Some of the reasons for this include the social stigma around breast cancer and the fear and shame which prevents women from presenting for screening when they find a lump. According to Islamic Relief’s report ‘Mapping Study for Cancer Care in the Gaza Strip’: “Barriers to cancer-seeking behaviour, the patients are afraid of unexpected results, or fearful of social stigma, or emerging family problems (the husband may remarry if his wife has breast cancer).”

Such stigma leads to many late diagnoses. Women often need radiotherapy when breast cancer is detected at the later stages, which presents considerable complications in Gaza. Radioisotopes, which are integral to radiotherapy treatment, are forbidden entry into Gaza by the Israeli authorities. This means patients must travel to Jerusalem for treatment; they must try to obtain a visa to leave Gaza and then travel alone to receive treatment, often leaving their children at home.

One woman, Nadaa, told us that during 52 days of the 56 days she was in Jerusalem for treatment for breast cancer, the 52-day-long 2014 attack on Gaza took place. She had left her two young daughters with her father. She talked of her fear for them all whilst receiving this brutal treatment. 

The time taken to get a visa will further delay access to treatment, meaning that the cancer may have spread. According to the World Health Organisation, in 2019, there was only a 65% approval rate for visas by Israeli authorities. Other treatments like chemotherapy are often unsuccessful as the courses are interrupted due to a lack of medication because of the blockade. The consequence of late diagnosis and limited medical options is a much higher number of double mastectomies with all the complications this entails.

A woman from Al Ahli Hospital's breast cancer screening programme.

Women 4 Women: Amos Trust supports Al Ahli Hospital’s breast screening programme
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Al Ahli is determined to screen as many women over 40 as possible, ensuring earlier detection of breast cancer and thus a better prognosis. The staff seek to educate 5,000 women yearly about breast cancer through their community-based awareness-raising programme. They aim to provide annual screening for 3,000 women. Around 350 women a year get breast cancer in Gaza, of which around 50 will attend Al Ahli Hospital. 

The programme is built around Al Ahli’s partnership with 35 local community groups throughout the Gaza Strip and the creation of local grassroots support groups. The hospital believes the critical first step is to break the taboos around breast cancer for both women and men. The ‘challengers’, as they call the women who find they do have breast cancer, play a vital role in educating people within their communities about the importance of early detection.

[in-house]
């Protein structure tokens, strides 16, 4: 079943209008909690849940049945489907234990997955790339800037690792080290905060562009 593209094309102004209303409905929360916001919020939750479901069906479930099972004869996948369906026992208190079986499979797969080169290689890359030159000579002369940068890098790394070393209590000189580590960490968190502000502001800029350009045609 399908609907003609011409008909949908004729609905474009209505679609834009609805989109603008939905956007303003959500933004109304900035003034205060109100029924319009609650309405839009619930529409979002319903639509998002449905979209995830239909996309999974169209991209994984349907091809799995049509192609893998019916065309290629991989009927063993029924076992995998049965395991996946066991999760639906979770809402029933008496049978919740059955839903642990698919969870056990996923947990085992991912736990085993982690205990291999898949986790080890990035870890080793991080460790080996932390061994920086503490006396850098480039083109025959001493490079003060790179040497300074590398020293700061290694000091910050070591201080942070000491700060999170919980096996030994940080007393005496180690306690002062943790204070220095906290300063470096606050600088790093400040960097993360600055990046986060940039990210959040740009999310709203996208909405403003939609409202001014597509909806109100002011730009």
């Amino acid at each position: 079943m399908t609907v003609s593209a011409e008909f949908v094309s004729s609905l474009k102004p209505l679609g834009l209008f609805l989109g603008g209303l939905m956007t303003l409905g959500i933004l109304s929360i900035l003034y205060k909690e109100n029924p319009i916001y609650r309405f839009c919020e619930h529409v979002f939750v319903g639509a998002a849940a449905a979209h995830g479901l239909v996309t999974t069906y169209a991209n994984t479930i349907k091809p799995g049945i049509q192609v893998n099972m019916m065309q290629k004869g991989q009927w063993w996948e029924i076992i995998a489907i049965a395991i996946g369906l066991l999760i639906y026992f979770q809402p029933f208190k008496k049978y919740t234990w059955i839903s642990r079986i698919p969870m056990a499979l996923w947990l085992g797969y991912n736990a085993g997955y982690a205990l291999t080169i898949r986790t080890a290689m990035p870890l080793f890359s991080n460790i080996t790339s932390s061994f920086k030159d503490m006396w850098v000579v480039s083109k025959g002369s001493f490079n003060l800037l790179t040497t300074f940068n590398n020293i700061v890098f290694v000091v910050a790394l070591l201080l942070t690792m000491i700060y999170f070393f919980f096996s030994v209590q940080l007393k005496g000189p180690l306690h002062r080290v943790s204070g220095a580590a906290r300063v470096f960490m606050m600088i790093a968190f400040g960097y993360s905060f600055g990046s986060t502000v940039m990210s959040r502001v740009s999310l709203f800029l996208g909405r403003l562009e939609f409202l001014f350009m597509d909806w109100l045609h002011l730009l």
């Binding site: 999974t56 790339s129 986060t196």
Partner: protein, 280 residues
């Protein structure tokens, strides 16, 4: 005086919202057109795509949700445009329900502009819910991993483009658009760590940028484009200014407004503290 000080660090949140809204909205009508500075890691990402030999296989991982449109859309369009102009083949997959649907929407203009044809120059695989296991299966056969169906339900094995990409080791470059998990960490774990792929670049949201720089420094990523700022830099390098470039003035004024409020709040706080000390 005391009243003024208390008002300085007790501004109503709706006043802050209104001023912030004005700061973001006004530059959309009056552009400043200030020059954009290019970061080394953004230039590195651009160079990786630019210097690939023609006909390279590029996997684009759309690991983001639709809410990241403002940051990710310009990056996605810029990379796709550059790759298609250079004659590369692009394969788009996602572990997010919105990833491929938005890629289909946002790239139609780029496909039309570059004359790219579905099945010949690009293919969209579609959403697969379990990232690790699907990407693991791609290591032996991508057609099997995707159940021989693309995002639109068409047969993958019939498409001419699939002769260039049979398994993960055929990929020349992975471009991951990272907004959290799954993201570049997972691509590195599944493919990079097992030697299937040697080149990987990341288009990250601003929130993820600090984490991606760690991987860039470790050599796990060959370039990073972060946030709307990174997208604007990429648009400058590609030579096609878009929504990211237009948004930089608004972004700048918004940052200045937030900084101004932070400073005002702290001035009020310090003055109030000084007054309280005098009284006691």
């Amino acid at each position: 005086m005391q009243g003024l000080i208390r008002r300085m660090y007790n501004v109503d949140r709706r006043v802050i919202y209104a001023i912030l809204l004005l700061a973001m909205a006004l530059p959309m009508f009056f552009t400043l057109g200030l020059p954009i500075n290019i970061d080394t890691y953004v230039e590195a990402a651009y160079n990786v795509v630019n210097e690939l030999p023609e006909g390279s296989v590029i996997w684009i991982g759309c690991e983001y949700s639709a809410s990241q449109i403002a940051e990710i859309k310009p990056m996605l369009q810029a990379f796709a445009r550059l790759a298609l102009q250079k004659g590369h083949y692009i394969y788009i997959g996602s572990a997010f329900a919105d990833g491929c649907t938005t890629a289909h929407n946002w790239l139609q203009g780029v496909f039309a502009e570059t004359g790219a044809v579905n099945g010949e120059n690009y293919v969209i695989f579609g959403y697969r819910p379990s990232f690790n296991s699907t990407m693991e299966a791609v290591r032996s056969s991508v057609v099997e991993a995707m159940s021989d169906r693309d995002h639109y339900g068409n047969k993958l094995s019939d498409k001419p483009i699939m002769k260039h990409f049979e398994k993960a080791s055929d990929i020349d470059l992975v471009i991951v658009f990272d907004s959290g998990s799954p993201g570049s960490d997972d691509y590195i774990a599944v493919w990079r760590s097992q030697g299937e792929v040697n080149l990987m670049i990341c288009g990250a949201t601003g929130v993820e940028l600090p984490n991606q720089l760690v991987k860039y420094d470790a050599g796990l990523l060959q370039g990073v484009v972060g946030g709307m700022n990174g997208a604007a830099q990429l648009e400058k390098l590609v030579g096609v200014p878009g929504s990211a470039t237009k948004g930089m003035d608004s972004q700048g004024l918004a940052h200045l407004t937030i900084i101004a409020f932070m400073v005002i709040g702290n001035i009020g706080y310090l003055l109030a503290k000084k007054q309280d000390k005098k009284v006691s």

The screening programme consists of a clinic where women receive mammograms and are taught about self-examination. Women with suspicious lumps are immediately offered ultrasound and surgical consultation, followed by a ‘Trucut’ biopsy to confirm a diagnosis. The hospital will provide the appropriate course of action if a woman has a positive diagnosis. If she needs radiotherapy (outside of Gaza), they will recommend visas and put her in touch with local groups to help with transport and support.

Katie Hagley and Karin Joseph from Amos Trust.

Katie Hagley and Karin Joseph from Amos Trust in Gaza City, May 2022
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On our visit, we were particularly impressed with the holistic care supplied by the Health, Mind and Body clinics and their practitioners. All the women who receive a positive diagnosis of breast cancer through Al Ahli (about 340 per year), are offered a place in this group which meets twice a week for 2 hours. Women are offered psychological support and education around self-care methods such as massage. 

The group provides an incredible support network and helps women to socialise again; as Leila told us: Before I felt isolated, always worried, under pressure, crying, no one to talk with. There are many faces here, and my social situation has changed.” Another group member told us: Sometimes we are happy together, sometimes we cry together, we feel comfortable. We are fearless and not lonely.”

Read more about Al Ahli Hospital.
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If you want to hear more about how you can get involved in the Women 4 Women campaign and support our breast screening programme in Gaza this autumn and Christmas, please contact [email protected]


Amos Trust
7 Bell Yard, London
United Kingdom

+44 (0) 203 725 3493
[email protected]
Registered Charity No.